Flash v. jQuery: When to Use What

Mike D'AgrumaThere’s always a right tool for every job. A corkscrew opens a bottle of wine; a TV remote changes channels.
The same principle applies to frontend Web development – especially when it comes to creating interactive elements. Some software platforms or programming languages are better suited for certain tasks than others.
But what standards should a developer consider with reaching into his toolkit? In this post, I’ll look into mine and explain when I use Adobe Flash vs. jQuery.

Adobe Flash

Since its inception, Adobe Flash has given designers and developers an innovative way to create content that went beyond HTML, CSS and – until the introduction of the jQuery library – JavaScript. It became an extremely popular tool to build interactive animations and effects and combine video and audio elements into one package.

The beauty of it is its cross-platform compatibility – it’s operating system and browser independent. If a user has the correct Flash plugin, content will always render as it should on just about any Web browser.

It also has its share of problems, though. Development time takes much longer; it takes forever to download Flash-based content on a slower network (which in turn requires the development of a Flash preloader); a knowledge of ActionScript is required to really unlock its full potential; it presents an inconsistent and incompatible mobile experience; it’s SEO hit-or-miss; and Flash players are usually buggy, crash regularly, require frequent updates and create a host of security and privacy issues.


I always felt the Flash death knell sounded in 2006 with the release of the jQuery library. It simplified JavaScript and gave it cross-browser compatibility – Flash’s major advantage at the time. Six years later, jQuery is now compatible with more browsers than Flash as it can be used to develop on mobile devices.

jQuery also enjoys the advantage of being an open-source software platform, giving developers the ability to create on top of it and extend its functionality. Currently, there are thousands of jQuery plug-ins available on the Web to handle routine tasks or add interactive elements to a website. All in all, it’s become a vital component of the frontend developer’s toolkit.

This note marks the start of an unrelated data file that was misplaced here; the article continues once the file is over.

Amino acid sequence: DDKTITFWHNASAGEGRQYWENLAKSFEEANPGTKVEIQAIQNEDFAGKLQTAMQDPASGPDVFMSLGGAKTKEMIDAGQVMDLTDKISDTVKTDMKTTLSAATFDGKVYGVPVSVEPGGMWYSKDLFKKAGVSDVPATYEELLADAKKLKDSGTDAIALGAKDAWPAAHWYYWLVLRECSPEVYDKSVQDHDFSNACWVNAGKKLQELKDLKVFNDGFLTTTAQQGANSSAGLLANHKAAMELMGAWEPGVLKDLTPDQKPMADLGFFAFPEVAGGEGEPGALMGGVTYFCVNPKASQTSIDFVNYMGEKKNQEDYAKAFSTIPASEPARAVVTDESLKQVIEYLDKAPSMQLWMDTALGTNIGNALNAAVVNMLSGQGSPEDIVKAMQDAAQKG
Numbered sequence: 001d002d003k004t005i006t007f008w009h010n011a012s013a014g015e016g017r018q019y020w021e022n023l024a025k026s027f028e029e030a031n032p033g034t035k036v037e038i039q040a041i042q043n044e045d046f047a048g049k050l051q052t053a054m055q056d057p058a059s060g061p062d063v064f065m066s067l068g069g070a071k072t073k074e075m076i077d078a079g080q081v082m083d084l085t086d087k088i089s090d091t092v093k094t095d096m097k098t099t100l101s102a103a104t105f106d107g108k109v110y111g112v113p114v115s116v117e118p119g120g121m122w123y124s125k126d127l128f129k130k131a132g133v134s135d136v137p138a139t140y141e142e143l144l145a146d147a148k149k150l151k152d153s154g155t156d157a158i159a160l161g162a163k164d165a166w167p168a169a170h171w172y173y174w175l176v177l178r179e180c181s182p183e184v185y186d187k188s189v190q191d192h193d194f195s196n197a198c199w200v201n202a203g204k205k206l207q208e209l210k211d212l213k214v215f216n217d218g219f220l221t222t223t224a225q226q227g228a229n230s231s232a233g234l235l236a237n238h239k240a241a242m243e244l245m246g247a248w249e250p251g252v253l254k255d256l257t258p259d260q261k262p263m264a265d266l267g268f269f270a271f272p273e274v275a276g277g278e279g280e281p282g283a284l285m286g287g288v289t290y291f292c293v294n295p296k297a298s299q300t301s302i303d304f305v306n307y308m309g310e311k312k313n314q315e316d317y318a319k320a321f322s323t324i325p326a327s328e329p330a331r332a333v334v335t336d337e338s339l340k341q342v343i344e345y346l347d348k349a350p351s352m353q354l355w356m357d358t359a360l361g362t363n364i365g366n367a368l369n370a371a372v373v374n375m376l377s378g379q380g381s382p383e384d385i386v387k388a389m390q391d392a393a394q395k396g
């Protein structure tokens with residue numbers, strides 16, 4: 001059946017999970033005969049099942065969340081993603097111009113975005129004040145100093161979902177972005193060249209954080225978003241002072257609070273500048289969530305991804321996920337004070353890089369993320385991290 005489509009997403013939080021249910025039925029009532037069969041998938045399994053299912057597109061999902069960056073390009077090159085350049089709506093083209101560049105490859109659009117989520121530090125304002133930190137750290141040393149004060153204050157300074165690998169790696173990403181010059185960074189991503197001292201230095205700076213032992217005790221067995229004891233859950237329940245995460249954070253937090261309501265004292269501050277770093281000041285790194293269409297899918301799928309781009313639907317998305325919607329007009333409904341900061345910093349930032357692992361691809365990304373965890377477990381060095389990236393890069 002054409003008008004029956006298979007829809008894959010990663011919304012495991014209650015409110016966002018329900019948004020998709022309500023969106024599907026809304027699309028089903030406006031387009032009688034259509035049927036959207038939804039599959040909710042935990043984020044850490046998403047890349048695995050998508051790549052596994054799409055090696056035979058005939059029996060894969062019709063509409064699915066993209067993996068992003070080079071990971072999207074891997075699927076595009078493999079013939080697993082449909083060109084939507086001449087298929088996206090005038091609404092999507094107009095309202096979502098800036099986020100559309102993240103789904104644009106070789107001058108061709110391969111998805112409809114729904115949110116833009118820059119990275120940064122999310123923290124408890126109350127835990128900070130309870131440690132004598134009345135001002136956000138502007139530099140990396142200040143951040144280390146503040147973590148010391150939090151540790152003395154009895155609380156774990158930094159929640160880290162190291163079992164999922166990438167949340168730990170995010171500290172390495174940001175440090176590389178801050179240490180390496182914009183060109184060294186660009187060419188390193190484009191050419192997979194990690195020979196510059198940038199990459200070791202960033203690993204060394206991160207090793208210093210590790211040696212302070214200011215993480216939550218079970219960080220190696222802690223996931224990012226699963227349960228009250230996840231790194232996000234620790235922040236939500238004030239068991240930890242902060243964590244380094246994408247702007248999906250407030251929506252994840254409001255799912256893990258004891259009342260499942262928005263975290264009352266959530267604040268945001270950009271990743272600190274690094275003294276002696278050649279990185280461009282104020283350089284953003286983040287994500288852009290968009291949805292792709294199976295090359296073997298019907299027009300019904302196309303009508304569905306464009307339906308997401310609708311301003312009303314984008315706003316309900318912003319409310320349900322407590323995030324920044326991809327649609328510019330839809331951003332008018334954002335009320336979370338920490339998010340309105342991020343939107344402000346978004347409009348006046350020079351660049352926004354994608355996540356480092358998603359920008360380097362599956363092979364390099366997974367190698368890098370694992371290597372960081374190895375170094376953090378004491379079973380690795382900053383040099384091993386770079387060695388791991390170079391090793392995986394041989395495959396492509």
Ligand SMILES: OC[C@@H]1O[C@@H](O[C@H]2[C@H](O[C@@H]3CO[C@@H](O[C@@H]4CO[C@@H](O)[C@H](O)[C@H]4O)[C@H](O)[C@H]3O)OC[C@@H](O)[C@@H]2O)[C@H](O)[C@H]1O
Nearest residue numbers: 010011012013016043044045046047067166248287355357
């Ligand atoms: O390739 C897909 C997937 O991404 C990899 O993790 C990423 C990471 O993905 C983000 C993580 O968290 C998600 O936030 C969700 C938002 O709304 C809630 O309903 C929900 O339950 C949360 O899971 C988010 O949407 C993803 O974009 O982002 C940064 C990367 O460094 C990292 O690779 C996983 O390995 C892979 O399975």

That doesn’t mean jQuery is the best solution every single time, though. 3D features are more robust on the Flash platform, for example, and too many desktop browser users have come to expect and rely on Flash to display interesting and innovative forms of content using media players and other interactive elements.

So, how do you know when to use Flash and when to use jQuery? There are a few rules of thumb:

Choose jQuery over Flash when creating:

  • Slideshows
  • Form validation
  • Drop-down menus
  • Content that uses tabs to toggle
  • Pop-ups/Tooltips
  • Content that is controlled by expandable/collapsible elements
  • Pretty much anything that isn’t on the list below

Choose Flash over jQuery when creating:

  • Video/Audio players
  • Complex animations or multimedia projects like motion comics
  • Elements with 3D features
  • Games

Of course, the selection of which platform to develop on comes down to one thing – the developer. jQuery will probably become the more popular and oft-used software platform as its libraries expand and mobile device development and compatibility becomes a bigger issue, but I’m a believer that designers and developers should always work with the tools they feel comfortable with. While there’s always a right tool for every job, most developers know that sometimes the best tool is “whatever works.”

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